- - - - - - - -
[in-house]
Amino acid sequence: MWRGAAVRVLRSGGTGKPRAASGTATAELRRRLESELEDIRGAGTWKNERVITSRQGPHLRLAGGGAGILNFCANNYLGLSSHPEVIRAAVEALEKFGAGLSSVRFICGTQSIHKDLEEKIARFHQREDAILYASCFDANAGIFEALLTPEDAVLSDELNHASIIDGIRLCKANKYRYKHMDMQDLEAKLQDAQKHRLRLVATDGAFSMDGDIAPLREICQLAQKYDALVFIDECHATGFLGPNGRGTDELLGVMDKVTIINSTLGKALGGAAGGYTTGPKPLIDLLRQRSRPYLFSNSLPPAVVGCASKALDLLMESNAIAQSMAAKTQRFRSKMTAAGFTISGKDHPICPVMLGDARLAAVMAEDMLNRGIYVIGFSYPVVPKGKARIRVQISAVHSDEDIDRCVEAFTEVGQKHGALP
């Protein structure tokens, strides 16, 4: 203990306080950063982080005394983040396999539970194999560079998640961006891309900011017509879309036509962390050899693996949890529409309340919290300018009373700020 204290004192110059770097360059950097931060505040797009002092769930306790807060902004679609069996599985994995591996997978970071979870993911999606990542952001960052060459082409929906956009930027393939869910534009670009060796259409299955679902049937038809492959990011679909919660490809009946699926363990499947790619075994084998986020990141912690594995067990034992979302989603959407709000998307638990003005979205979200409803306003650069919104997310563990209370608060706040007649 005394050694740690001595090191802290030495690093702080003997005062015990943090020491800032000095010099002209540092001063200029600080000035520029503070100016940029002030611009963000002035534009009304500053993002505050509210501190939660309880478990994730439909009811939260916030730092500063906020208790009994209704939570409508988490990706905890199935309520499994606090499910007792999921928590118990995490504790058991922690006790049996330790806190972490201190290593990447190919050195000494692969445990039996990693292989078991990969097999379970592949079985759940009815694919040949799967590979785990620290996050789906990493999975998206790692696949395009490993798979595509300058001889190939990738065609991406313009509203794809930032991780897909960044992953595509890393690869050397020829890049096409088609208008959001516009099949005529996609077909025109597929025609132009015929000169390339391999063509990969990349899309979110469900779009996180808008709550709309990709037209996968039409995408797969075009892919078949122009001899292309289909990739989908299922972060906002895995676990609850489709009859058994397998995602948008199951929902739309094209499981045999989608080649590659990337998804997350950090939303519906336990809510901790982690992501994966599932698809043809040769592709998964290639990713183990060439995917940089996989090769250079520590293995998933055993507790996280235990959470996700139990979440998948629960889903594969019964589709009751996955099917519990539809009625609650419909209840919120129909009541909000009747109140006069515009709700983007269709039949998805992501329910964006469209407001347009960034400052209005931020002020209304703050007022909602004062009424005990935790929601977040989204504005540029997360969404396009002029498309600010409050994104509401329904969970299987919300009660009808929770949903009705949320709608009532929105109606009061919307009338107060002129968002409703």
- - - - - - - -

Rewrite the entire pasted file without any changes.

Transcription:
[in-house]
Amino acid sequence: MWRGAAVRVLRSGGTGKPRAASGTATAELRRRLESELEDIRGAGTWKNERVITSRQGPHLRLAGGGAGILNFCANNYLGLSSHPEVIRAAVEALEKFGAGLSSVRFICGTQSIHKDLEEKIARFHQREDAILYASCFDANAGIFEALLTPEDAVLSDELNHASIIDGIRLCKANKYRYKHMDMQDLEAKLQDAQKHRLRLVATDGAFSMDGDIAPLREICQLAQKYDALVFIDECHATGFLGPNGRGTDELLGVMDKVTIINSTLGKALGGAAGGYTTGPKPLIDLLRQRSRPYLFSNSLPPAVVGCASKALDLLMESNAIAQSMAAKTQRFRSKMTAAGFTISGKDHPICPVMLGDARLAAVMAEDMLNRGIYVIGFSYPVVPKGKARIRVQISAVHSDEDIDRCVEAFTEVGQKHGALP
């Protein structure tokens, strides 16, 4: 203990306080950063982080005394983040396999539970194999560079998640961006891309900011017509879309036509962390050899693996949890529409309340919290300018009373700020 204290004192110059770097360059950097931060505040797009002092769930306790807060902004679609069996599985994995591996997978970071979870993911999606990542952001960052060459082409929906956009930027393939869910534009670009060796259409299955679902049937038809492959990011679909919660490809009946699926363990499947790619075994084998986020990141912690594995067990034992979302989603959407709000998307638990003005979205979200409803306003650069919104997310563990209370608060706040007649 005394050694740690001595090191802290030495690093702080003997005062015990943090020491800032000095010099002209540092001063200029600080000035520029503070100016940029002030611009963000002035534009009304500053993002505050509210501190939660309880478990994730439909009811939260916030730092500063906020208790009994209704939570409508988490990706905890199935309520499994606090499910007792999921928590118990995490504790058991922690006790049996330790806190972490201190290593990447190919050195000494692969445990039996990693292989078991990969097999379970592949079985759940009815694919040949799967590979785990620290996050789906990493999975998206790692696949395009490993798979595509300058001889190939990738065609991406313009509203794809930032991780897909960044992953595509890393690869050397020829890049096409088609208008959001516009099949005529996609077909025109597929025609132009015929000169390339391999063509990969990349899309979110469900779009996180808008709550709309990709037209996968039409995408797969075009892919078949122009001899292309289909990739989908299922972060906002895995676990609850489709009859058994397998995602948008199951929902739309094209499981045999989608080649590659990337998804997350950090939303519906336990809510901790982690992501994966599932698809043809040769592709998964290639990713183990060439995917940089996989090769250079520590293995998933055993507790996280235990959470996700139990979440998948629960889903594969019964589709009751996955099917519990539809009625609650419909209840919120129909009541909000009747109140006069515009709700983007269709039949998805992501329910964006469209407001347009960034400052209005931020002020209304703050007022909602004062009424005990935790929601977040989204504005540029997360969404396009002029498309600010409050994104509401329904969970299987919300009660009808929770949903009705949320709608009532929105109606009061919307009338107060002129968002409703």